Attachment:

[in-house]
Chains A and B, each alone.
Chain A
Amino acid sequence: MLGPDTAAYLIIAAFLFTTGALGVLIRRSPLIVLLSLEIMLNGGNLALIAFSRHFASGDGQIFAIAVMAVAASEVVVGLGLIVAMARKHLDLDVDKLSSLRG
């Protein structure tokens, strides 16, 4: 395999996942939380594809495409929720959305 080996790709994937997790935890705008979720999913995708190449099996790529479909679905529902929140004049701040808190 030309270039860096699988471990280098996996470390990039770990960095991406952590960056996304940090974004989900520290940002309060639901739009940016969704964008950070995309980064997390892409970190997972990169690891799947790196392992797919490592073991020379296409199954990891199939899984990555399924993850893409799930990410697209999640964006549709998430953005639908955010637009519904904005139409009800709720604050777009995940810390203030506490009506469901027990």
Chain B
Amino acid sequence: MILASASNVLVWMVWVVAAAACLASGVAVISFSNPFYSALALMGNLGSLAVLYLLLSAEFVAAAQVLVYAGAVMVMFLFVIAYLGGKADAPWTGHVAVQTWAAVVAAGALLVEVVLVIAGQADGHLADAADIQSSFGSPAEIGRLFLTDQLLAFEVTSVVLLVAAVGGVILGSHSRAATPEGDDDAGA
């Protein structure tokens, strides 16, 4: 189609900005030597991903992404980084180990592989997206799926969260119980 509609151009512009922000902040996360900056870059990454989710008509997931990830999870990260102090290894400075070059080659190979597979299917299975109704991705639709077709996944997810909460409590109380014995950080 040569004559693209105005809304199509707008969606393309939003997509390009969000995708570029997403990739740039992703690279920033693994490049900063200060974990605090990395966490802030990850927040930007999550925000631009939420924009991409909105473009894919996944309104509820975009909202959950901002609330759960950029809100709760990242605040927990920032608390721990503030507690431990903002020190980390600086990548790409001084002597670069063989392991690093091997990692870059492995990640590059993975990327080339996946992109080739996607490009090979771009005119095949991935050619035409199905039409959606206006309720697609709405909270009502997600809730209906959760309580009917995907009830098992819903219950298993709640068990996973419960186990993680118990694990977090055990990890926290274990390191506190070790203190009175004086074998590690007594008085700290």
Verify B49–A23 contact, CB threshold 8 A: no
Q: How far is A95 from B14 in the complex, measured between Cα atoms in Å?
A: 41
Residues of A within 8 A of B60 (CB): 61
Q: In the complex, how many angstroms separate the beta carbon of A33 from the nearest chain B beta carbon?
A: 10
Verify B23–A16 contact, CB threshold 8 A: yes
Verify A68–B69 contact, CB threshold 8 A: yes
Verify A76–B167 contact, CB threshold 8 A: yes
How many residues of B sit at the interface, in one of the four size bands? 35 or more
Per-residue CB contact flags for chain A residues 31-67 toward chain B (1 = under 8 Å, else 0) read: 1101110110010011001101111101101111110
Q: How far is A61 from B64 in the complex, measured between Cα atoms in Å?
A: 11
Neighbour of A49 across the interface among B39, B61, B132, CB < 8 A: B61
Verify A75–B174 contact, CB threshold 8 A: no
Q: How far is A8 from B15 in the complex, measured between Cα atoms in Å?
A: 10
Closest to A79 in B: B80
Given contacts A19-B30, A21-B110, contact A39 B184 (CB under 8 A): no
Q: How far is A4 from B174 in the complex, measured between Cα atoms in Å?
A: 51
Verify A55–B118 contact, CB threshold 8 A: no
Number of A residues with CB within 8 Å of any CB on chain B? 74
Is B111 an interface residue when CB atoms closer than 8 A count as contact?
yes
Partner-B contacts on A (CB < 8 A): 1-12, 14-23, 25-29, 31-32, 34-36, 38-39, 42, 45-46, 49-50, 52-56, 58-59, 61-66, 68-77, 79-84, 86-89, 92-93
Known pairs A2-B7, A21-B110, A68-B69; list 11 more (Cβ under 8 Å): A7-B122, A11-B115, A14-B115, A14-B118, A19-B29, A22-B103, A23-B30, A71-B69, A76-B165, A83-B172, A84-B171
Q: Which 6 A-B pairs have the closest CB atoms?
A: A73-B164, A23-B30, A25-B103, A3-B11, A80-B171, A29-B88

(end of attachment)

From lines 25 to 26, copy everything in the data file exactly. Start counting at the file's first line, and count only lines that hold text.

A: 10
Closest to A79 in B: B80